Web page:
Even Neil Armstrong couldn't remember exactly what he said in the famous line he spoke during humanity's first-ever moon landing, NASA's Apollo 11 mission, as he stepped onto the lunar surface.You know the sentence: "That's one small step for man, one giant leap for mankind." And you always wonder: Didn't he mean to say, "...for a man"? In fairness, he did have a lot on his mind. Even listening to the recording afterward, Armstrong still wasn't quite sure."I would hope that history would grant me leeway for dropping the syllable and understand that it was certainly intended, even if it wasn't said -- although it actually might have been," he told biographer James R. Hansen.History has in fact remembered Armstrong fondly. And now we're ready to celebrate the 50th anniversary of that moon landing. It was July 20, 1969, when Armstrong and fellow astronaut Buzz Aldrin made cosmic history as they became the first humans ever to stand and walk on a heavenly body not … [Read more...] about Apollo 11 anniversary: A quick guide to the first moon landing
Why spots on moon
There's no shortage of stars to take in from this lovely spot on top of Hawaii's Mauna Kea Observatories. Michele Falzone/Photodisc/Getty Images All things considered, our atmosphere is pretty great. This blanket of nitrogen, oxygen and other gases keeps the world's temperature nice and habitable while protecting us from harmful UV radiation — to say nothing of the space debris it vaporizes. Oh yeah, and without all that oxygen in our atmosphere, animal life couldn't survive on planet earth. Not a bad resume. But despite its many good qualities, the atmosphere can be a nuisance to astronomy buffs. That's because it distorts light. At night, the atmosphere makes some heavenly bodies appear to flicker and shimmer. The technical term for this phenomenon is "astronomical scintillation." You probably know it by a different name: twinkling. Like an onion, the atmosphere is made up of layers. At the bottom is the troposphere, which starts right here at ground level on the planet's … [Read more...] about Why Do Stars Twinkle?
This diagram shows the different phases of Earth's moon. Ron Miller/Stocktrek Images/Getty Images "Destroy All Monsters," a classic sci-fi movie from Japan's Toho Studios, predicted that mankind would colonize the moon by the year 1999. Needless to say, that didn't happen — and it still hasn't happened all these years later. But there have been serious talks about the feasibility of building a permanent lunar outpost or settlement. (A set of scientific papers released in 2016, for example, argued that a small moon base could be finished at a cost of $10 billion as soon as 2022.) Imagine what life would be like for the settlers up there. Among the many things they'd need to get used to are the long, cold nights that Earth's moon experiences . Yet despite the frigid temperatures, some lunar areas have brightly lit nighttimes. For those who dream of following in Neil Armstrong's footsteps, here's a short guide to lunar nights and lunar days. Phases and Faces With apologies to … [Read more...] about What Are Days and Nights Like on the Moon?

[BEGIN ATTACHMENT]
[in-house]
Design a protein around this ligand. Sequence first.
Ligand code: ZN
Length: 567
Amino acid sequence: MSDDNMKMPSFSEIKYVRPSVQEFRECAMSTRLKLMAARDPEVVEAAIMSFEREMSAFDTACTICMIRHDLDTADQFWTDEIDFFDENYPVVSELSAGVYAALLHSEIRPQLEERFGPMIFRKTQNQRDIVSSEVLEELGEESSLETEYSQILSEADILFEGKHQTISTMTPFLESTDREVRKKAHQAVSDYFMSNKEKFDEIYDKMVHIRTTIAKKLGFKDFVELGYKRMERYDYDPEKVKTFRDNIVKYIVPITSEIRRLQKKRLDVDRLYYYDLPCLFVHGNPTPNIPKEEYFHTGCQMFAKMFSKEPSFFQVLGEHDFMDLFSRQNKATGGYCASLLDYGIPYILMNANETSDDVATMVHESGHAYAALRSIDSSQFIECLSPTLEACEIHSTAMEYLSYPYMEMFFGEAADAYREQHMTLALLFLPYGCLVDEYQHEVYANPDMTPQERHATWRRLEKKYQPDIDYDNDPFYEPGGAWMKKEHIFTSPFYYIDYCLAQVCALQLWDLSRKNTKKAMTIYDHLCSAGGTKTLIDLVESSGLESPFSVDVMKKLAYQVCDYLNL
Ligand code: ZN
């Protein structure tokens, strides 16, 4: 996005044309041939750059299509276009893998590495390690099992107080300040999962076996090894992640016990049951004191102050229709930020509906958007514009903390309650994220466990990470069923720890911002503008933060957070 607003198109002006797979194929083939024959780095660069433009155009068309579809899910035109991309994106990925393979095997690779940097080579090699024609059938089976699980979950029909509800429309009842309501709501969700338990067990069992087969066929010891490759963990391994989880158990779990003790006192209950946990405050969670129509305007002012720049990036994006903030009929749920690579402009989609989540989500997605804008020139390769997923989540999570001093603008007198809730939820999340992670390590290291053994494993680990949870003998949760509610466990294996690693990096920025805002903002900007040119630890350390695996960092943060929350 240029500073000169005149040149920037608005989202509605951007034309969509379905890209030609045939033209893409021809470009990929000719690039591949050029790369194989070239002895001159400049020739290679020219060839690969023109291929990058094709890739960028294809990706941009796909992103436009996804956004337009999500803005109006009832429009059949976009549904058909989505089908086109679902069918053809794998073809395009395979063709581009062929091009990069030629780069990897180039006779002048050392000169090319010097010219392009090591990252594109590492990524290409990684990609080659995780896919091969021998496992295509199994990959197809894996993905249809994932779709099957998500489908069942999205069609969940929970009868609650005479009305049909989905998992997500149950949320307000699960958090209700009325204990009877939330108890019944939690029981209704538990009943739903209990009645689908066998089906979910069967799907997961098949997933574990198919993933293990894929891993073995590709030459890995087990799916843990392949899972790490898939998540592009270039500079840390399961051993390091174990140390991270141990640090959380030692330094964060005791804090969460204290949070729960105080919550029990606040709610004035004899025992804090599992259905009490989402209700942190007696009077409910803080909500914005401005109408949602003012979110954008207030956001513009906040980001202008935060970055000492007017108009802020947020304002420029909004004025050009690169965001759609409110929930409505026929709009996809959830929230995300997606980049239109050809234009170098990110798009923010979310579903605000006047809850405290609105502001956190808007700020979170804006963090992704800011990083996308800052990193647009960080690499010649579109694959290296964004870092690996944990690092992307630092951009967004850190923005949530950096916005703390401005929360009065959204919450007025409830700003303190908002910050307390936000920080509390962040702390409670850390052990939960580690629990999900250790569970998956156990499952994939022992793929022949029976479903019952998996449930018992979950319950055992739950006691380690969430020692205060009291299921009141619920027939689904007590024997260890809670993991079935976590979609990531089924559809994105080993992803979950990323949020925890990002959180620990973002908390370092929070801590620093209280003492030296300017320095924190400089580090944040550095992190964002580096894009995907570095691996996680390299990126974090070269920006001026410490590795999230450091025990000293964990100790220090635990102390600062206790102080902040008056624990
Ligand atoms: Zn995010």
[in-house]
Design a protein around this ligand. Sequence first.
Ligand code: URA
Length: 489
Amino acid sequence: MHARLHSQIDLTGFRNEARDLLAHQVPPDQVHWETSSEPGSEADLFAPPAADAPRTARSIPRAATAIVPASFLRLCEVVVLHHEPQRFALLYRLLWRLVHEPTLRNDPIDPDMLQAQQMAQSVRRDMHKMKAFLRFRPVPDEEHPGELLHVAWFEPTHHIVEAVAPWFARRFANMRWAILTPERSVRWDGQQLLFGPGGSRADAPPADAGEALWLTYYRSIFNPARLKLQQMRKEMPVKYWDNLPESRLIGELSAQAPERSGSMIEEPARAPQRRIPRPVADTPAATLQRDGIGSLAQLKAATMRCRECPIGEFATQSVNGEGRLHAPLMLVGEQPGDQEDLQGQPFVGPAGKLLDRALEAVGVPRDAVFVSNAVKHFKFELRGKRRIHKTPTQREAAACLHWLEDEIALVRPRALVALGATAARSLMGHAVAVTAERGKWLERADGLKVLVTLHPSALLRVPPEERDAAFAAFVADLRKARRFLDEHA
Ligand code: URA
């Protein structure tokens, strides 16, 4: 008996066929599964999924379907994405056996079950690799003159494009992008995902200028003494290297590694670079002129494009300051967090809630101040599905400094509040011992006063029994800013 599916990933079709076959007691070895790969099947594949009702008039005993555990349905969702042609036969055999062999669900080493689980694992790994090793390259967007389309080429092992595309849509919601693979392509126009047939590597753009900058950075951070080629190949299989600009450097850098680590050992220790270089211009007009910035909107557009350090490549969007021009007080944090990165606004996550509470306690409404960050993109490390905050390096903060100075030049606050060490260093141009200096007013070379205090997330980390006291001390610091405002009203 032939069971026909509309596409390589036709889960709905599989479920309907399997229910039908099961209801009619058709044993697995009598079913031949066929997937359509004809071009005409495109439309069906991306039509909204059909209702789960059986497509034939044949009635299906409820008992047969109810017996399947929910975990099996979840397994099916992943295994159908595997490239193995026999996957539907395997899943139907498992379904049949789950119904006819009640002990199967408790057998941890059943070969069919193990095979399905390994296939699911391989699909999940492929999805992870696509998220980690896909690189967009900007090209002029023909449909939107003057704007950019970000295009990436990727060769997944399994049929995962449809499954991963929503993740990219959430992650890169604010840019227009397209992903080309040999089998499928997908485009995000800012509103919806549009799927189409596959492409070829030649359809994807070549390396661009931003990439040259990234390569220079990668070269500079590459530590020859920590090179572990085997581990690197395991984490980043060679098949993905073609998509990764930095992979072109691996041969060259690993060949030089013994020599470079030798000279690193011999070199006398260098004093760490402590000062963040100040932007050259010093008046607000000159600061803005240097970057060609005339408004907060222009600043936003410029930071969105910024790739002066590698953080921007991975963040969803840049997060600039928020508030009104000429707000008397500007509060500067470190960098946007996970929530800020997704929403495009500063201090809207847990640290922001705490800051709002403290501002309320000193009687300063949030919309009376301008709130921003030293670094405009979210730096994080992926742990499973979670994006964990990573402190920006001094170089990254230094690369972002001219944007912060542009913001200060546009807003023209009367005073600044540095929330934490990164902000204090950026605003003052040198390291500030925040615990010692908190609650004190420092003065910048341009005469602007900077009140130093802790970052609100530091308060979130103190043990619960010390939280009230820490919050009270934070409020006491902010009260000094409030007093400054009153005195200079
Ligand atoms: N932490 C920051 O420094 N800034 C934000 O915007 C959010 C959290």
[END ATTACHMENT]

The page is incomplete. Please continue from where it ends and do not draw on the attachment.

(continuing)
This close-up shows swirling clouds around Jupiter's famous Great Red Spot where scientists trained telescopes to learn more about the planet's water situation. NASA's Goddard Space Flight Center. Images courtesy of NASA/JPL Many mysteries hide beneath Jupiter's beautifully chaotic clouds, but with the help of some clever astronomical techniques and NASA's Juno spacecraft, one of the giant planet's biggest puzzles may be closer to being solved. As we know, water is the key to life on Earth. Our efforts to seek out life on other worlds hinges on the detection of this important compound. Though scientists don't think that life inhabits Jupiter, finding a Jovian reservoir is one of the most pressing issues in planetary science. Locating this water will help us understand how the solar system, and Jupiter itself, evolved. Unfortunately, Jupiter has been notoriously bad at revealing any water deep in its thick atmosphere, leaving scientists and their models of planetary formation high … [Read more...] about The Great Red Spot May Expose Jupiter’s Watery Secret
It's low tide at Robin Hood's Bay, North Yorkshire, which is a popular scenic area of the Northeast coast of England. Photos by R A Kearton/Getty Images Tides have caused a lot of trouble recently. During high tide periods, low-lying areas that border the ocean now flood way more often than they used to. Between 2000 and 2017, the average frequency of "high tide flooding" across the United States increased by 50 percent. Floods of this sort block roadways, harm infrastructure, and back up storm drains. Around 40 percent of the global population lives within 62 miles (100 kilometers) of a coastline. Recent flood trends must have a lot of these people wondering about tidal science. How do tides happen? Why do some areas get more dramatic tides than others? And why can't the sea level just stay constant everywhere, all the time? Today we're going to look at the physics and idiosyncrasies of planet Earth's tides. Pushing Water Check out the diagram below. In the picture, you will … [Read more...] about What Causes High Tide and Low Tide? Why Are There Two Tides Each Day?